It is ages since I updated everyone on where we are with a replacement for Pebble Watches (Note that Pebble watches are still available, and are the lowest cost device I have found to use as a seizure detector, so I’d get one while they are available!)
A brief update on each of the trials we have been doing over the last year below. Note that Ben’s work means that Android Wear is well in the lead at the moment!
I got as far as a proof-of-concept for using an accelerometer chip with a small wifi enabled microcontroller (ESP8226). (See Custom Hardware Seizure Detector) But I struggled to get the power consumption down enough to get the battery life I needed. I also realised that realistically, for most people to use it, I’d have to manufacture it and sell it, which is a bit much of an undertaking for me, so that is on hold for now.
Garmin IQ Watches
This is a possibility, but I have been a bit disappointed with the reliability and memory leaks – I could definitely get it working though with a few evenings work on it. They are quite expensive compared to Pebbles though (£180 from amazon)….But Benjamin can tell it is not a Pebble and refuses to wear it, so I am using it for running at the moment!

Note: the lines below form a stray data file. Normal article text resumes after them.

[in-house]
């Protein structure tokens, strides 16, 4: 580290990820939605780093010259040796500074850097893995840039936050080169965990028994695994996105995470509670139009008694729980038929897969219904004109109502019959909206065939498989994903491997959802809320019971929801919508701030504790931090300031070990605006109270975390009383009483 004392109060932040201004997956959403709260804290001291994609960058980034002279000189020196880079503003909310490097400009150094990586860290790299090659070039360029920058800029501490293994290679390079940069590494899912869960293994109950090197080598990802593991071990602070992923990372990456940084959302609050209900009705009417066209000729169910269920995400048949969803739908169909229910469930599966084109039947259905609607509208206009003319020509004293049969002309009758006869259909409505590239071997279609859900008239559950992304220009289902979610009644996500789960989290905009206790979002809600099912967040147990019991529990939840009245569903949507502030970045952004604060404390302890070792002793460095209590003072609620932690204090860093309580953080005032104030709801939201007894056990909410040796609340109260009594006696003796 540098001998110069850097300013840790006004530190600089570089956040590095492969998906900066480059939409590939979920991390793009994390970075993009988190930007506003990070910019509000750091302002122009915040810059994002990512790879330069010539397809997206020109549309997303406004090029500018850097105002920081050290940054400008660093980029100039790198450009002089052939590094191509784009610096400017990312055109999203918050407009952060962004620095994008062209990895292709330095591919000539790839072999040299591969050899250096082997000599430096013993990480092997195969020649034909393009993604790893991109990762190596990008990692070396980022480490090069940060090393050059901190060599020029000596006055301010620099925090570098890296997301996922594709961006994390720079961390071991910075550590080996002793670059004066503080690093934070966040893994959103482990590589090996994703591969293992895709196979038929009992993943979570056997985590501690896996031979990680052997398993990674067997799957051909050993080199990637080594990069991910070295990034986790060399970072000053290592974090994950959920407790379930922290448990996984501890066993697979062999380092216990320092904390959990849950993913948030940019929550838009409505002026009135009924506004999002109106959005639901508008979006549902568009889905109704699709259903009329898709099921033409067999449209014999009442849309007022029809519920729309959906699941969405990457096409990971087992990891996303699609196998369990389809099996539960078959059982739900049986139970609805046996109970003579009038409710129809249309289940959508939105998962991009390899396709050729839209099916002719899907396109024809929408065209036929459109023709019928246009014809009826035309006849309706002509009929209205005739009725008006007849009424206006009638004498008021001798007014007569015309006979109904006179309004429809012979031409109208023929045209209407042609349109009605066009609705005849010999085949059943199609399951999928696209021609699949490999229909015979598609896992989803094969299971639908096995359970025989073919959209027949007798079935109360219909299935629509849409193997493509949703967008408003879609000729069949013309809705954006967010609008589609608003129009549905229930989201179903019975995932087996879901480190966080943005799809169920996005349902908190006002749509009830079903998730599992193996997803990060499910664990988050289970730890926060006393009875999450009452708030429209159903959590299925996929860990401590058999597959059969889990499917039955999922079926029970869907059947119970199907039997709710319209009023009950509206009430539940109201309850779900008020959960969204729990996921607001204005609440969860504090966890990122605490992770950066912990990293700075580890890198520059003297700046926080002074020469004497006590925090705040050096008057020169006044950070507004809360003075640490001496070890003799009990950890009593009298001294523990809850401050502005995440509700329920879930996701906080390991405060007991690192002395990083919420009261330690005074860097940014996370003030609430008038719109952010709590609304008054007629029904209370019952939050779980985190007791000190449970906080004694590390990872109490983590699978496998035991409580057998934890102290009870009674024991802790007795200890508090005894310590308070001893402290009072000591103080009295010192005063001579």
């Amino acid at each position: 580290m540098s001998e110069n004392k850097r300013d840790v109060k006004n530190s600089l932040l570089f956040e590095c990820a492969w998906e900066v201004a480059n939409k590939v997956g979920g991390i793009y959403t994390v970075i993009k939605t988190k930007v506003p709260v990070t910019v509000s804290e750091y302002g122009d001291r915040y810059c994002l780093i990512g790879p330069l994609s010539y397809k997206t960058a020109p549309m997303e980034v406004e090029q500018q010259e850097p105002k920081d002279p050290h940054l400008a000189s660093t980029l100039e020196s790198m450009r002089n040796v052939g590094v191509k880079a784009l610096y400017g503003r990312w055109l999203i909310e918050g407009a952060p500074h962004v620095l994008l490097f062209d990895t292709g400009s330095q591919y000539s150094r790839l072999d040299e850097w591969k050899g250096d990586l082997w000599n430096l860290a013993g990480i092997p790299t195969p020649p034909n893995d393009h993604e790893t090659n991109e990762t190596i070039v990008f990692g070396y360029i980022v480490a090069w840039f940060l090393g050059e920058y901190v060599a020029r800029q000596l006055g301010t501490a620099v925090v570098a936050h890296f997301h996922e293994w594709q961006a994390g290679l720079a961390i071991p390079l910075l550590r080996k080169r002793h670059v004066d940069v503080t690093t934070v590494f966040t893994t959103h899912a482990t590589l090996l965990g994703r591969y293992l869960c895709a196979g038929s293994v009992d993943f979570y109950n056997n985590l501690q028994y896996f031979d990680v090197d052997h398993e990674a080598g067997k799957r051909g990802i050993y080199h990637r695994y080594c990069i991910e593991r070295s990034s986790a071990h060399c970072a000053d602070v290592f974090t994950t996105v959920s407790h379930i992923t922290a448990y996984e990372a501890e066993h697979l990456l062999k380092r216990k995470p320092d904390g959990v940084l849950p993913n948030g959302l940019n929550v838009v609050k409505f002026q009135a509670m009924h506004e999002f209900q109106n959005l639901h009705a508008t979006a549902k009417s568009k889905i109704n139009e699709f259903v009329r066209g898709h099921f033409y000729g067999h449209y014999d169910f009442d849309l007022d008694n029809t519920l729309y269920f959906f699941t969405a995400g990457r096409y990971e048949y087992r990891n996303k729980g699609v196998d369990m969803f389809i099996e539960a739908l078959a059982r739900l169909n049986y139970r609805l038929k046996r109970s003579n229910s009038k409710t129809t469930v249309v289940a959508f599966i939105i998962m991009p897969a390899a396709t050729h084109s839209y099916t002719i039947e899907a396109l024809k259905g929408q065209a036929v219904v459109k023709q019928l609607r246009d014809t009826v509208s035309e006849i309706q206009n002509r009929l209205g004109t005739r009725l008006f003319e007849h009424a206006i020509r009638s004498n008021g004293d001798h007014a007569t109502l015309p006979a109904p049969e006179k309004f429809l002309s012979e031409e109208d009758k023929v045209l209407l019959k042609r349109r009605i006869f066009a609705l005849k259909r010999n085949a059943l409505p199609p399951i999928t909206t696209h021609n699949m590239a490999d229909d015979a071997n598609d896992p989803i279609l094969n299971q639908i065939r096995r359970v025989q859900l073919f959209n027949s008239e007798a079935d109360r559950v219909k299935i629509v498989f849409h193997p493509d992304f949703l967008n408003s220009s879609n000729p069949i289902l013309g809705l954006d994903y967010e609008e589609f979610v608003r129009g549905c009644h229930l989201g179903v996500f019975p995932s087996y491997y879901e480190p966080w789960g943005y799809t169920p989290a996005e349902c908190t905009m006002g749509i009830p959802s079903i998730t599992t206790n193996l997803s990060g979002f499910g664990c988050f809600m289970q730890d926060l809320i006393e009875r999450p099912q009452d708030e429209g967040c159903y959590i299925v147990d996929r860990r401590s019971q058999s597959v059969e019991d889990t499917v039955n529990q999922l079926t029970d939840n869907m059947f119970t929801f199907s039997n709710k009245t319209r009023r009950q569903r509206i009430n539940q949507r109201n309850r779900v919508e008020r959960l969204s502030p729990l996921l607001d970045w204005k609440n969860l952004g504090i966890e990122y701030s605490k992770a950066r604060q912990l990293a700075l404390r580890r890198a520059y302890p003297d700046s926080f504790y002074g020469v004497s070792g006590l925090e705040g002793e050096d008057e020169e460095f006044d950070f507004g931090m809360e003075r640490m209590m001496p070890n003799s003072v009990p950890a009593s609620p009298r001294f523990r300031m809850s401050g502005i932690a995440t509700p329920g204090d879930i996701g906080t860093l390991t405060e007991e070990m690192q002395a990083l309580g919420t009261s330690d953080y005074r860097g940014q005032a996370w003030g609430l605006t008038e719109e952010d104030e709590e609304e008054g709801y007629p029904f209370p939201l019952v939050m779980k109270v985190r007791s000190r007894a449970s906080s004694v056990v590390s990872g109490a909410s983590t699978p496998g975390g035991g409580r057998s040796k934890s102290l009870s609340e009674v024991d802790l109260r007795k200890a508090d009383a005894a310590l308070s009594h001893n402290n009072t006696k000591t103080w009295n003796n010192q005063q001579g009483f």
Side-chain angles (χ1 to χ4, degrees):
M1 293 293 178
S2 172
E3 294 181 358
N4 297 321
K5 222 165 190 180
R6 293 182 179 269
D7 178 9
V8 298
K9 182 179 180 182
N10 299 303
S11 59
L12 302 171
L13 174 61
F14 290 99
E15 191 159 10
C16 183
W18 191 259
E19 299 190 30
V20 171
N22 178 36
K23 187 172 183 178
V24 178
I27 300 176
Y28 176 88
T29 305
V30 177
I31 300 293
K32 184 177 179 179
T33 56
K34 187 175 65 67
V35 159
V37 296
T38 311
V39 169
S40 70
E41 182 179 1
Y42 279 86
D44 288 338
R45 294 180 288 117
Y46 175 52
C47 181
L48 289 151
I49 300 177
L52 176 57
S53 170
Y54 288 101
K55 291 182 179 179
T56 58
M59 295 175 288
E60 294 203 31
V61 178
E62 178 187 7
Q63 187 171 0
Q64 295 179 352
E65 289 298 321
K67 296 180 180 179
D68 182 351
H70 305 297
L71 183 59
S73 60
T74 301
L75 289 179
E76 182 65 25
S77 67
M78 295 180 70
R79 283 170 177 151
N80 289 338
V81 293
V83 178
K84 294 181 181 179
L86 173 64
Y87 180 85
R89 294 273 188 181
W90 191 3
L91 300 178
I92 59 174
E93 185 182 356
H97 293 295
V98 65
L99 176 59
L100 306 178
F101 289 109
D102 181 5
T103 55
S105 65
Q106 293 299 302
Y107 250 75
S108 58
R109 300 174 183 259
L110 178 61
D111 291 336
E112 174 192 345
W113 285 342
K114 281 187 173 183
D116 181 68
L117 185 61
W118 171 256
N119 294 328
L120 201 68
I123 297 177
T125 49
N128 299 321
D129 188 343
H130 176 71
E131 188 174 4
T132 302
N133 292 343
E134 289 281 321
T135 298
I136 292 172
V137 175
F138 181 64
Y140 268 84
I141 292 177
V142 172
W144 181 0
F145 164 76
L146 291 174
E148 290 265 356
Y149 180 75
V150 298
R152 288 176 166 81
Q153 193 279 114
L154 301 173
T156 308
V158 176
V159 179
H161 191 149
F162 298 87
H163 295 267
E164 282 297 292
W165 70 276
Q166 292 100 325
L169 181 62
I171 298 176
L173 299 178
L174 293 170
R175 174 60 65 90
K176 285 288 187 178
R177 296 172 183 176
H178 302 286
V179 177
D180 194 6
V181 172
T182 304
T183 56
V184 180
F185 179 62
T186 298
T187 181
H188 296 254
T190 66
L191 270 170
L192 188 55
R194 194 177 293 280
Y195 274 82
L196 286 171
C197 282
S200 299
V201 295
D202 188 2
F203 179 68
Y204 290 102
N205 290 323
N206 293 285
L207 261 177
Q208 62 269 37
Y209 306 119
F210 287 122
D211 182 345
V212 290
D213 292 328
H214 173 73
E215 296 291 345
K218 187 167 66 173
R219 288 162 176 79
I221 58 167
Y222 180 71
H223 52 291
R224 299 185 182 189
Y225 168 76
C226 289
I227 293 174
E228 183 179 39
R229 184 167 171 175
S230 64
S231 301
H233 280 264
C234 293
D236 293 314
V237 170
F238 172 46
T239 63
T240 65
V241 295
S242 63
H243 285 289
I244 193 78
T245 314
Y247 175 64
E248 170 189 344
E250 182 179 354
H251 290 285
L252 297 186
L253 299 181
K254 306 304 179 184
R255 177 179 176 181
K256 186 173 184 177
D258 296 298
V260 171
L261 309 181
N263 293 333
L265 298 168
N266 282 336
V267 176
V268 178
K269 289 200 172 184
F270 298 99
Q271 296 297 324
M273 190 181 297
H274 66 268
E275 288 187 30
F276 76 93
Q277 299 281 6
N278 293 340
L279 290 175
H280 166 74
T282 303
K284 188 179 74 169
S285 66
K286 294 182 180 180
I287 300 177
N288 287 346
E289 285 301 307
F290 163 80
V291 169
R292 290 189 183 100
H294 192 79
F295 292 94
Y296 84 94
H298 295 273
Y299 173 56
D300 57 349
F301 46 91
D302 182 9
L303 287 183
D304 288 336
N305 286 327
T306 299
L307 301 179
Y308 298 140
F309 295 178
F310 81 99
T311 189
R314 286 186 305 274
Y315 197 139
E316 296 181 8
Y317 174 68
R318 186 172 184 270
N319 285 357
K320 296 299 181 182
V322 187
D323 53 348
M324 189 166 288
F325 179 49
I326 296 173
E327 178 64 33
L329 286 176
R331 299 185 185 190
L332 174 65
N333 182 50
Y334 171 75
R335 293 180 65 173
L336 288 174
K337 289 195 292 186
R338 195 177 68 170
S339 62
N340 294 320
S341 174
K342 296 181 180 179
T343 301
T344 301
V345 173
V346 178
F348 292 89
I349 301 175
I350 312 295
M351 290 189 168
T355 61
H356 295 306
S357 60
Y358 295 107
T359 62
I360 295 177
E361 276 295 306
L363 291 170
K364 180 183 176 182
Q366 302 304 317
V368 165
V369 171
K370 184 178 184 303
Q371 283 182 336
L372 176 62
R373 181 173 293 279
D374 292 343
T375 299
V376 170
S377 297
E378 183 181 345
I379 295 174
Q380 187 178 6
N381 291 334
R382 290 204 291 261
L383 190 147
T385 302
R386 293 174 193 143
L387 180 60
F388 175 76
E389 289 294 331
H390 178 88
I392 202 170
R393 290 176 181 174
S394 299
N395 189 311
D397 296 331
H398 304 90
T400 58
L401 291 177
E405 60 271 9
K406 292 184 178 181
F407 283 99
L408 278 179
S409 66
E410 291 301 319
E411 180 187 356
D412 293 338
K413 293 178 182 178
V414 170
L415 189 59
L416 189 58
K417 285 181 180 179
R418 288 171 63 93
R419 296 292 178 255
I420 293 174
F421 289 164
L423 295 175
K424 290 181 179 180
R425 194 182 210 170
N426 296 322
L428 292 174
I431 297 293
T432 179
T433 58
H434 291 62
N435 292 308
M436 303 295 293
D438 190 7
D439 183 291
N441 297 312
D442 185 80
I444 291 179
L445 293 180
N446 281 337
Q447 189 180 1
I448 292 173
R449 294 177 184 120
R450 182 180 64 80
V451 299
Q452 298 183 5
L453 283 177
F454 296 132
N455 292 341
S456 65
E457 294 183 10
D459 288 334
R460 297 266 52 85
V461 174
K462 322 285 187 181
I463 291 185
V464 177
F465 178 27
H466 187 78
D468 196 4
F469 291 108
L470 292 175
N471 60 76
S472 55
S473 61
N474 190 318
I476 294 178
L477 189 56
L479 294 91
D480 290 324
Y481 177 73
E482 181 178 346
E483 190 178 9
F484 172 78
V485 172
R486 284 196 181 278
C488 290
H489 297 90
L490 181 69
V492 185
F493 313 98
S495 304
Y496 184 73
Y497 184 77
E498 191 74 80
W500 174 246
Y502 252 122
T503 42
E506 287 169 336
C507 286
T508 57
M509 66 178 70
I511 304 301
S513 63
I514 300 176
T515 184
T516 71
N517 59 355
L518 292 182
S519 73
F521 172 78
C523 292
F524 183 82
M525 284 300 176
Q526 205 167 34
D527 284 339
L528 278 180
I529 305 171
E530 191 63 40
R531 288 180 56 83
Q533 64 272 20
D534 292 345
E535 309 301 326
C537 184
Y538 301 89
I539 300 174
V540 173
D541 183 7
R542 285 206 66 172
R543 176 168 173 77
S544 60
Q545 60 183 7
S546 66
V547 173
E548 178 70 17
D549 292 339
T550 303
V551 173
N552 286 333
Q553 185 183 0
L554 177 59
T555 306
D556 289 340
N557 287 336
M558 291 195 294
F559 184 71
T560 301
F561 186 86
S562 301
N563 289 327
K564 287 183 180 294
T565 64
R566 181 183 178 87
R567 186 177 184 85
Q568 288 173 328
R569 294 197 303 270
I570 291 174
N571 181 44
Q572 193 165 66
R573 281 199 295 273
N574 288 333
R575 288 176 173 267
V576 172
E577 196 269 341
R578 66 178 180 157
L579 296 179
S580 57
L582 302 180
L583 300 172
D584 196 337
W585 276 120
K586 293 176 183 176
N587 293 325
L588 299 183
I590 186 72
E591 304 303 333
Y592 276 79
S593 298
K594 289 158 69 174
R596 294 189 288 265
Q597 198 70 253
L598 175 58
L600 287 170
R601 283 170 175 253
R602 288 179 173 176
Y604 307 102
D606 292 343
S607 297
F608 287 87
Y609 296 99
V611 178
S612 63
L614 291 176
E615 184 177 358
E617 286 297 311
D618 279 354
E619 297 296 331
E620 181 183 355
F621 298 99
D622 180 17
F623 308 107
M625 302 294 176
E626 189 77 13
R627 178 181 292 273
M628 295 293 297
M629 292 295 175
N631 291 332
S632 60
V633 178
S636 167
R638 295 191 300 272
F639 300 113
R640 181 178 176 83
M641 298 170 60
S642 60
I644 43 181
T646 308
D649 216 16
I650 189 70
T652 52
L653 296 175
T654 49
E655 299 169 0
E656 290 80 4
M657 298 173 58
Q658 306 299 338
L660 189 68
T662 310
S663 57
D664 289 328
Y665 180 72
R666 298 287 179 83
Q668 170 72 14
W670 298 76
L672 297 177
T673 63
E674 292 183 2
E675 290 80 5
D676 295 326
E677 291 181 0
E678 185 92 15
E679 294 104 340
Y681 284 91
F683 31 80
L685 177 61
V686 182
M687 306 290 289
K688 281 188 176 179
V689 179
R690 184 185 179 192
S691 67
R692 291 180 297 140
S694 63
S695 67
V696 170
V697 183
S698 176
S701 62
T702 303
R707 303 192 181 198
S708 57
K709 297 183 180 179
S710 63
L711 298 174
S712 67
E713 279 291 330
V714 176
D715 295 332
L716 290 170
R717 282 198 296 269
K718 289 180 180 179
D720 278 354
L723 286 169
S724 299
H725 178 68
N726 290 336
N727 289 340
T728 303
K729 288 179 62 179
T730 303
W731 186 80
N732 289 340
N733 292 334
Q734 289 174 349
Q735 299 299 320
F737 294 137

I started on a proof-of-concept but didn’t get it properly connected up (I had some maths issues in the fourier transform library for android, which was not giving the same numbers as the one I use on pebble).
Ben Geisler has made great progress in getting the seizure detection working on Android Wear watches, and integrating it with the OpenSeizureDetector Alarm System. He has also got heart rate monitoring working too. His source code is on Github: https://github.com/mechanodroid/AndroidWear_SD/
So Ben’s work means that of all the alternatives I have looked at, Android Wear is looking like the closest to something we can release – over the next few weeks I will aim to incorporate Ben’s work into the main OpenSeizureDetector app and release it for testing.
We recently noticed that the battery life of our original Pebble was reducing, and it was becoming borderline if it would make it through the night (we need it to run from about 19:00 to 08:00 the next day – 13 hours).
I was surprised to find that increasing the “Data Transfer Period” from 20 seconds that I was using to 30 seconds made a huge difference to battery consumption – it easily lasts over night now with significant margin.
I think this must be because the gap between bluetooth transmissions is now long enough to allow bluetooth to go to sleep in between, which it was not doing previously, but I don’t know enough about bluetooth to know if that is true or not.